Corporate negligence is a doctrine under which a hospital is liable if it fails to uphold the proper standard of care owed the patient, which is to ensure the patient’s safety and well-being while at the hospital. This theory of liability creates a nondelegable duty which the hospital owes directly to a patient. Therefore, an injured party does not have to rely on and establish the negligence of a third party. See Thompson v. Nason Hospital 591 A.2d 703 (1991).
Establishing the Duty of Care: When is a Nursing Home Liable for Injuries to Patients?
It was not until 2012 that the Pennsylvania Supreme Court determined that nursing facilities owed the same nondelegable duty to residents as hospitals and other healthcare entities. See Scampone v. Highland Park Care Ctr., LLC, 618 Pa. 363 (Pa. 2012). The Scampone case effectively permitted a claim of corporate negligence against nursing-care centers and affiliated entities where the resident-entity relationship establishes a duty of care owed to the resident.
To determine whether the relationship between a resident and nursing home facility establishes a legal duty which would permit a corporate negligence claim, the courts look to The Restatement (Second) of Torts § 323 or the factors discussed in Althaus v. Cohen, 562 Pa. 547 (2000). The Althaus factors are: (1) the relationship between the parties; (2) the social utility of the actor’s conduct; (3) the nature of the risk imposed and foreseeability of the harm incurred; (4) the consequences of imposing a duty upon the actor; and (5) the overall public interest in the proposed solution.
In the recent case of Crawley v. Care Pavillion, the Pennsylvania Superior Court examined whether the family of a deceased nursing home resident should have been allowed to present and argue the corporate negligence theory. See Crawley v. Care Pavillion of Walnut Park, 2014 Phila. Ct. Com. Pl. LEXIS 245 (Pa. C.P.2014). In Crawley, the plaintiff alleged the decedent fell and suffered serious injury as a result of Appellant’s lack of nursing staff and assistive devices. Further, the plaintiff alleged a systematic failure of care contributed to the fall. Upon weighing the Althaus factors, the Court found the imposition of a direct duty of care was warranted.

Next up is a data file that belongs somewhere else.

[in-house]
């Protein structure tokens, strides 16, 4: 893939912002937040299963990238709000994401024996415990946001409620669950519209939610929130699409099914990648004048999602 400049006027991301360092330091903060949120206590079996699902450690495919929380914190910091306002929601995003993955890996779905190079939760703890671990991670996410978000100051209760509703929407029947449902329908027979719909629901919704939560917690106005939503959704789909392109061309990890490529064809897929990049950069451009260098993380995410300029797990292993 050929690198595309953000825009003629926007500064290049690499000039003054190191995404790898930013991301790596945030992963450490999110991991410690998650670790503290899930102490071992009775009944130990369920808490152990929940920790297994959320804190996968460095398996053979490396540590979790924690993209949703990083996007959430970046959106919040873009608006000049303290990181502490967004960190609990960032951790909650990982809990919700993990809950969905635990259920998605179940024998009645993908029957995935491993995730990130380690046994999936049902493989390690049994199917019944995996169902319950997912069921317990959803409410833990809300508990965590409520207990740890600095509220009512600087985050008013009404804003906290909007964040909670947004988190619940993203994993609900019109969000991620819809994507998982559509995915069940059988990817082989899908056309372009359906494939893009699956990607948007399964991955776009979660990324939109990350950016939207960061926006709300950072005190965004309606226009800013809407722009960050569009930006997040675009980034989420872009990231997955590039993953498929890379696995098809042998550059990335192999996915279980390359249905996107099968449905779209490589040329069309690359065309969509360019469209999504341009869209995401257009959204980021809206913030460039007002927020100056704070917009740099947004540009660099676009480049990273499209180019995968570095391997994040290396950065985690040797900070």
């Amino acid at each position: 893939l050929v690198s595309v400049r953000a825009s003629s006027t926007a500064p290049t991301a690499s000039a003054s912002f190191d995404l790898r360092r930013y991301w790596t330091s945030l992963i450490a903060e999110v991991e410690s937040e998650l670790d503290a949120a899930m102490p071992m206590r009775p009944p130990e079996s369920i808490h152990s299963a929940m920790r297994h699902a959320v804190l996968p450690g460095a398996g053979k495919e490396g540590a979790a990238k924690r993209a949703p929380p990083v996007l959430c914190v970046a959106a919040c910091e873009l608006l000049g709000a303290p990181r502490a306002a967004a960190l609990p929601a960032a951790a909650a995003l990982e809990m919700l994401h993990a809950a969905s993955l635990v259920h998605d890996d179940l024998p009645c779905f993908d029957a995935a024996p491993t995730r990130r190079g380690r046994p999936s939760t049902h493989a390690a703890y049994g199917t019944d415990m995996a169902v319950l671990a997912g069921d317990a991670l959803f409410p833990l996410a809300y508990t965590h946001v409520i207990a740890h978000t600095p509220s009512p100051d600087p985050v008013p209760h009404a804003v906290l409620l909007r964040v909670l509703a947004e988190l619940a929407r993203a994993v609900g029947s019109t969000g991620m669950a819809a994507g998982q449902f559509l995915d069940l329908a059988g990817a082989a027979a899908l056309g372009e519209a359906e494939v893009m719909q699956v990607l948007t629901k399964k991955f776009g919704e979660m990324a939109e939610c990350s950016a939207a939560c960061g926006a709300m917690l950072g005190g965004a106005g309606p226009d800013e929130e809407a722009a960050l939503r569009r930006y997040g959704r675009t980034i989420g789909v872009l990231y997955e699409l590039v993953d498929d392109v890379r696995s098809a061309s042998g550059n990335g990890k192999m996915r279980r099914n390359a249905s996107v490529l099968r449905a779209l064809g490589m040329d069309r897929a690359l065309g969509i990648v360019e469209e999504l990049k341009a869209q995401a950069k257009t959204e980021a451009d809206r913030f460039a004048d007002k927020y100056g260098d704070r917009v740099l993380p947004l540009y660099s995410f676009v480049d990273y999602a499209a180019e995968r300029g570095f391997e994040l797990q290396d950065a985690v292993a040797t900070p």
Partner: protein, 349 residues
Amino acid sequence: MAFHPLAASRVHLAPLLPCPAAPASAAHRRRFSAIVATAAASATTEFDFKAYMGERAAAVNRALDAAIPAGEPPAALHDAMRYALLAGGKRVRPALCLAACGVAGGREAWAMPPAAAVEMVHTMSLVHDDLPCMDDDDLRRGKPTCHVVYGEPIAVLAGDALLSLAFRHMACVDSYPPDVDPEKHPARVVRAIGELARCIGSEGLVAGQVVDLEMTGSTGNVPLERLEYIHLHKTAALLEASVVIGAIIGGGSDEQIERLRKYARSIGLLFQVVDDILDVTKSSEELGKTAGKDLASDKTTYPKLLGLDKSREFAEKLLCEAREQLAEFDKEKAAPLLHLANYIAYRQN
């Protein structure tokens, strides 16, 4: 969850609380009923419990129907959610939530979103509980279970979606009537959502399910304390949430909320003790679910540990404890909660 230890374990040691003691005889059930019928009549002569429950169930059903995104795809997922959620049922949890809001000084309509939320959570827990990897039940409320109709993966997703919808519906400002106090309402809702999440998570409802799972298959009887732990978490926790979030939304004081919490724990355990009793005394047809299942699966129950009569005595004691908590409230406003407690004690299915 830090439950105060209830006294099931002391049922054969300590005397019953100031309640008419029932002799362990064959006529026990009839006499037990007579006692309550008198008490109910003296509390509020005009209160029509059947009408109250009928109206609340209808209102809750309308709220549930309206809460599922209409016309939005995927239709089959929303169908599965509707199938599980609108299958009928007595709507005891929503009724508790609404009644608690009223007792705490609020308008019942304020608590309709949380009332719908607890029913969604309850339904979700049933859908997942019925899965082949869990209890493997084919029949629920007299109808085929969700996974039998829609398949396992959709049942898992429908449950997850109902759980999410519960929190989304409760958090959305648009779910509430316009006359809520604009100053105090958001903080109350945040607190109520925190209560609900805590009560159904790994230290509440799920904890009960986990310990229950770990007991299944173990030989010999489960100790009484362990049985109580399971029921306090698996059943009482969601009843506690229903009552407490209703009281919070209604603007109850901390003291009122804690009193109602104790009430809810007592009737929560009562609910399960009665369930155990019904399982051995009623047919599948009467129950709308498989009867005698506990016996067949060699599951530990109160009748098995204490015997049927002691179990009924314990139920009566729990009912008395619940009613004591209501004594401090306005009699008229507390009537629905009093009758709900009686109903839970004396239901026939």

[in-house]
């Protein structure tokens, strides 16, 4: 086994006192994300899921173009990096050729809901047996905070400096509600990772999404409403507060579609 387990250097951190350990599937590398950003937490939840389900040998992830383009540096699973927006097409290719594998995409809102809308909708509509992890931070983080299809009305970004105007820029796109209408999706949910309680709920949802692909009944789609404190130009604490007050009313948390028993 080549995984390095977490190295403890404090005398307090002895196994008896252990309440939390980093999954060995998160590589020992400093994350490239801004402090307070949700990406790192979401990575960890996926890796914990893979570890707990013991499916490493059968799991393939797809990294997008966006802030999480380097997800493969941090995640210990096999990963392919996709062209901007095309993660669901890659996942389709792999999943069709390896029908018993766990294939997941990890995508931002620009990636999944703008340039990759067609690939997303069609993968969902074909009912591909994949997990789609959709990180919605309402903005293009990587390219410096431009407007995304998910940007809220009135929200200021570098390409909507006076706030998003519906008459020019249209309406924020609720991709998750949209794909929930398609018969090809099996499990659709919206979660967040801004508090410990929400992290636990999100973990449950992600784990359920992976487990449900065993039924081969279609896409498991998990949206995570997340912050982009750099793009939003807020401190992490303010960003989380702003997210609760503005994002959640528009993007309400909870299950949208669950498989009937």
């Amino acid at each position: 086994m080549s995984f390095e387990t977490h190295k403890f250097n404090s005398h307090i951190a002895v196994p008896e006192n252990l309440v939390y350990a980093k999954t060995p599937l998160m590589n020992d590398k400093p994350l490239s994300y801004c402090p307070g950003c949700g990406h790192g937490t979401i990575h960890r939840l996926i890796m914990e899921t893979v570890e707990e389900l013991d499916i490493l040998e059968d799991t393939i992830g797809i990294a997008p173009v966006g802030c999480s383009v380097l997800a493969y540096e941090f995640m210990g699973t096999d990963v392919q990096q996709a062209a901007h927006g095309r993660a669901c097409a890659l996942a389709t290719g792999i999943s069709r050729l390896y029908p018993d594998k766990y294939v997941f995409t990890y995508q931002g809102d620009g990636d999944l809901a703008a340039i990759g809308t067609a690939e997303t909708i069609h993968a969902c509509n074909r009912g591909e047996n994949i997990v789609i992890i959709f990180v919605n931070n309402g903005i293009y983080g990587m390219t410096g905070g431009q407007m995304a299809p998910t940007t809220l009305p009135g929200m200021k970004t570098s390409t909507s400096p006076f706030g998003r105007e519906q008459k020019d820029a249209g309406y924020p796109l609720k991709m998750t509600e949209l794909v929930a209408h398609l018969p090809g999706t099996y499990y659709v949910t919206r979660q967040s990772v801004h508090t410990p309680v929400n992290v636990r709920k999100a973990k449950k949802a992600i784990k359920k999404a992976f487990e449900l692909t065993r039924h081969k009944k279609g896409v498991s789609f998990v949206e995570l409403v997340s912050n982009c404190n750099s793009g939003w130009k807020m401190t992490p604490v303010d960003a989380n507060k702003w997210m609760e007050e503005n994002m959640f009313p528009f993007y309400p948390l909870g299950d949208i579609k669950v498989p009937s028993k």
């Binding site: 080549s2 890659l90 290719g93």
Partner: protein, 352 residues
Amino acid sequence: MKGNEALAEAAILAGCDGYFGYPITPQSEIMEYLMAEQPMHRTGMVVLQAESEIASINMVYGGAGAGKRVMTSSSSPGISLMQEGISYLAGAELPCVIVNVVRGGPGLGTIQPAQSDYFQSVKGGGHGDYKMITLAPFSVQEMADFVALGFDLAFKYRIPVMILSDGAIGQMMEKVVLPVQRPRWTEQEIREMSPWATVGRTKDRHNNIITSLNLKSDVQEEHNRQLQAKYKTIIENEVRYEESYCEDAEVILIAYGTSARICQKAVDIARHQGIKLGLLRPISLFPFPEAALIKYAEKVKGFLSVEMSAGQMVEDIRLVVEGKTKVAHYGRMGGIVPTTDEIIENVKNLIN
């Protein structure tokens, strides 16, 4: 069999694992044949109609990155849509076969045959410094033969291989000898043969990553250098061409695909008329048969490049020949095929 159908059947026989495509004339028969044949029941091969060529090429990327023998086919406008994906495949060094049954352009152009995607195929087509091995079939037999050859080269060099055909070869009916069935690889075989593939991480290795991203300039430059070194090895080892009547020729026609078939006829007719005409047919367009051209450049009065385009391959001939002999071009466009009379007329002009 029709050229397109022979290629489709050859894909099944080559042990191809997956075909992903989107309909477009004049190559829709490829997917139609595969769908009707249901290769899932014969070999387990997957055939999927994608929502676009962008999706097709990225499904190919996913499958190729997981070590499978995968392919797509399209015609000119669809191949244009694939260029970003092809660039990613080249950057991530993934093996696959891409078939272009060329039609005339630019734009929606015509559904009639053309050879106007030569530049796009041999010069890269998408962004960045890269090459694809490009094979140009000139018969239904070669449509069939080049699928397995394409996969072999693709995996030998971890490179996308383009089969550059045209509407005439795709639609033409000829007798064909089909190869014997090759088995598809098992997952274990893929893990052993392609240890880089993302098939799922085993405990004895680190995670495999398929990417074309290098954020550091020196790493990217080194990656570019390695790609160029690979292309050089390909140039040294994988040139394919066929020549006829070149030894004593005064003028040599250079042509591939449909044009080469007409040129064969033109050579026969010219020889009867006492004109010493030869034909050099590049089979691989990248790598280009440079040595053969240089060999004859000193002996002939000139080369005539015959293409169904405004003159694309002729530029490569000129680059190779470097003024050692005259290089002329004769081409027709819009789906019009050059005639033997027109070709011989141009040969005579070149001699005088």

In reaching its decision, the Court in Crawley recognized the great social utility of medical care provided by nursing home facilities to their residents. It found that providing care for those who require skilled nursing, particularly those who are elderly is an important task, and it is important that such care is rendered in a proper manner. The Court wrote, “As the name implies — skilled nursing centers require just that — skilled care… Assuring residents receive proper care through assigning a legal duty prevents undue financial, emotional, and physical burdens on the residents and their families.”
Notably, the Court in Crawley considered the increased expense that may result to a nursing home facility if it is directly liable for negligent care provided to its residents. The Court opined that “Assigning [nursing facilities] a duty which imputes direct liability ideally creates a consequence of increased oversight and care for those Appellant looks after. While this may come at the risk of increased cost, so be it… properly skilled nursing care at an increased cost is a far better consequence than negligent care provided at a lower cost.”
If you’re concerned that your loved one may be suffering from neglect or abuse at an elder care facility in New Jersey or Pennsylvania, it is critically important that you speak with a nursing home neglect lawyer right away. To arrange for a confidential legal consultation completely free of charge, call nursing home abuse attorney Brent Wieand at (800) 481-5206, or contact our law offices online.